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P.A.S.S.

Walla Walla College Disability Support Services Policy Regarding Documentation of Attention Deficit/Hyperactivity Disorder(AD/HD)

Students who are seeking support services from Walla Walla College on the basis of a diagnosis of AD/HD are required to submit documentation to verify eligibility. Documentation of AD/HD consists of the provision of professional testing and evaluation and a written report which addresses specific academic needs of the student. The cost and responsibility for providing this professional evaluation shall be borne by the student.

The following guidelines are provided in the interest of assuring that the evaluation and report are appropriate for documenting eligibility. Documentation presented to Disabilities Support Services (DSS) will remain in a private confidential file in the DSS Office. The Director or Coordinator of DSS is available to consult with diagnosticians regarding these guidelines. The report should:

  1. Be prepared by a professional (e.g. licensed psychologist, psychiatrist or physician) qualified to diagnose AD/HD. Experience in evaluation of adults with AD/HD is essential.
  2. Be comprehensive. The use of a single test and/or informal screening instruments is not acceptable for the purpose of diagnosis. Written reports should be consistent with the diagnostic criteria found in the American Psychiatric Association: Diagnostic and Statistical Manual of Mental Disorders, Fourth Edition (DSM-IV) or DSM-IV-TR (Text Revision). A battery of psychological tests and behavior rating scales, a thorough social and educational history and interviews with the student and family are strongly recommended. Current research states that paper and pencil tests that are commonly used to diagnose learning disabilities are not definitive for diagnosing AD/HD, but they do serve to alert the examiner to possible concomitant disabilities.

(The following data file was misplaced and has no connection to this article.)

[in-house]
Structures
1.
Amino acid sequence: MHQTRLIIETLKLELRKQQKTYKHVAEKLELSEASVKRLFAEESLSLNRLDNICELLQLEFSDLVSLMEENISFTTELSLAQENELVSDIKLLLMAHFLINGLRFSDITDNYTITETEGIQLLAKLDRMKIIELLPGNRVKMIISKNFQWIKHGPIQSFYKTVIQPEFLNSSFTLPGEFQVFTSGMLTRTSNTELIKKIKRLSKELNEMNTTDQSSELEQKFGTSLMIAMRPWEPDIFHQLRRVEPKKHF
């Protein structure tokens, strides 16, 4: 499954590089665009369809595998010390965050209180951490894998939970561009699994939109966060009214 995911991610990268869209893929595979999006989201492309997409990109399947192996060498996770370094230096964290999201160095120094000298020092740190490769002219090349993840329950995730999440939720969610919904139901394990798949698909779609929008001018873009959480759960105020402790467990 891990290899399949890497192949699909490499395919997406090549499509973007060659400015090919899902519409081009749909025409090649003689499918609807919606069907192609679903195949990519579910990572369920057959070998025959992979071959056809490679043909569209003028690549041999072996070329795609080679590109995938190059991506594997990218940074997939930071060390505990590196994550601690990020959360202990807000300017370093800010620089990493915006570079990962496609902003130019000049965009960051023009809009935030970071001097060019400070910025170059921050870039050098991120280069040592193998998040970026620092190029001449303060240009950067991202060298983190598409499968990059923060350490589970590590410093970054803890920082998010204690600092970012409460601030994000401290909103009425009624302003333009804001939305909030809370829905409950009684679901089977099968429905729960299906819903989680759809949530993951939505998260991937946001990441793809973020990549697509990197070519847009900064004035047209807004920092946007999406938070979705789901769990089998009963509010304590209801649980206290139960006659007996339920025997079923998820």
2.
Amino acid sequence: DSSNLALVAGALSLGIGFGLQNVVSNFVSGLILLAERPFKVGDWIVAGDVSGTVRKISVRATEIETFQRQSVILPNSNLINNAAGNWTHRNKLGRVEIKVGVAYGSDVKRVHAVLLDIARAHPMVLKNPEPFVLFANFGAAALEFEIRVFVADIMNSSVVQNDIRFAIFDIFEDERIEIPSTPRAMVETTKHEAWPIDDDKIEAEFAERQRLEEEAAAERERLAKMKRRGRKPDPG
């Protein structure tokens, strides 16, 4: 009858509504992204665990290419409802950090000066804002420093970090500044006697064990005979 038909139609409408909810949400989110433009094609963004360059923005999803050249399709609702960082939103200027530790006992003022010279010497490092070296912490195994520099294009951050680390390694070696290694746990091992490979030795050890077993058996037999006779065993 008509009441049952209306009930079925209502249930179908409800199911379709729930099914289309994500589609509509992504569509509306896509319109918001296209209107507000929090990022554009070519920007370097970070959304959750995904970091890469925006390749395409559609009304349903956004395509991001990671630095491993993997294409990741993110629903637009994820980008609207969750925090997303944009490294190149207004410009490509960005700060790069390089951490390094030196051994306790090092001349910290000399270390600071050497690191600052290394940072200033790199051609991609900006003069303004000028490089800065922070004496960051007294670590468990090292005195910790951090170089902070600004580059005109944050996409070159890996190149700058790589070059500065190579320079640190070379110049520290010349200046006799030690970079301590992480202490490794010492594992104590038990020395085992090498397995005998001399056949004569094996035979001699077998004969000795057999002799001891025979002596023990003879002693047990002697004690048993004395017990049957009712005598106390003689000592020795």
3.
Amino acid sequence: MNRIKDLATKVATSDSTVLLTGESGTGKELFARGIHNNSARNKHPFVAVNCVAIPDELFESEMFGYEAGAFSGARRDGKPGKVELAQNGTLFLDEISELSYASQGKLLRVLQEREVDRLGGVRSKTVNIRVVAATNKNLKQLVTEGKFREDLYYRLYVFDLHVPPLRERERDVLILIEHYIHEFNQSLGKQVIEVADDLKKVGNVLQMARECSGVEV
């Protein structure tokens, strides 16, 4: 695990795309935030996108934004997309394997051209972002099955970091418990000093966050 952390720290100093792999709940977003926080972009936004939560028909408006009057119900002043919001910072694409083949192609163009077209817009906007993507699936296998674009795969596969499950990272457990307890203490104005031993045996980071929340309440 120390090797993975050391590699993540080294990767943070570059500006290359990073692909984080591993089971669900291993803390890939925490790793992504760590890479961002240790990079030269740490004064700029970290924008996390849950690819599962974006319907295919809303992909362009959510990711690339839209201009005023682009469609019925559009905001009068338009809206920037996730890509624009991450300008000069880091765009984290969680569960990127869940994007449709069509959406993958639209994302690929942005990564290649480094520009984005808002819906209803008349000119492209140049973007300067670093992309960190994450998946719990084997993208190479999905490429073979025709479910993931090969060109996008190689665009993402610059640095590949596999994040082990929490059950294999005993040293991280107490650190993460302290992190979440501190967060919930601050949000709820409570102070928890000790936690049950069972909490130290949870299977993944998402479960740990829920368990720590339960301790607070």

The report should be on professional letterhead, signed by the individual making the diagnosis, and include the following information:
    1. How long the diagnostician has treated the student and the date of last contact;
    2. Instruments, procedures and data sources used to diagnose;
    3. Current symptoms which satisfy the DSM-IV or DSM-IV-TR criteria and their approximate date of onset:
    4. DSM-IV or DSM-IV-TR diagnosis;
    5. Treatment being used (e.g. medication, counseling, etc.);
    6. How this disorder impacts the student in the post-secondary environment (How is the student functionally limited?); and
    7. Diagnostician's name, title, license number, address and phone number.
  3. Be current. In most cases, this means within the past three years and/or the assessment was completed when the individual was an adult (age 18). Since assessment constitutes the basis for determining reasonable accommodations, it is in a student's best interest to provide recent and appropriate documentation to serve as the basis for decision-making about a student's need for accommodations in an academically competitive environment.
  4. Present clear and specific evidence, which identifies the individual's present level of functioning and how the student's education may be impacted.
  5. Provide sufficient data to support the particular academic adjustment(s) requested. The documentation should demonstrate the individual has a disability in accordance with the Americans with Disabilities Act (ADA) and Section 504 of the Rehabilitation Act of 1973. Requests which are not supported by proper documentation will not be approved.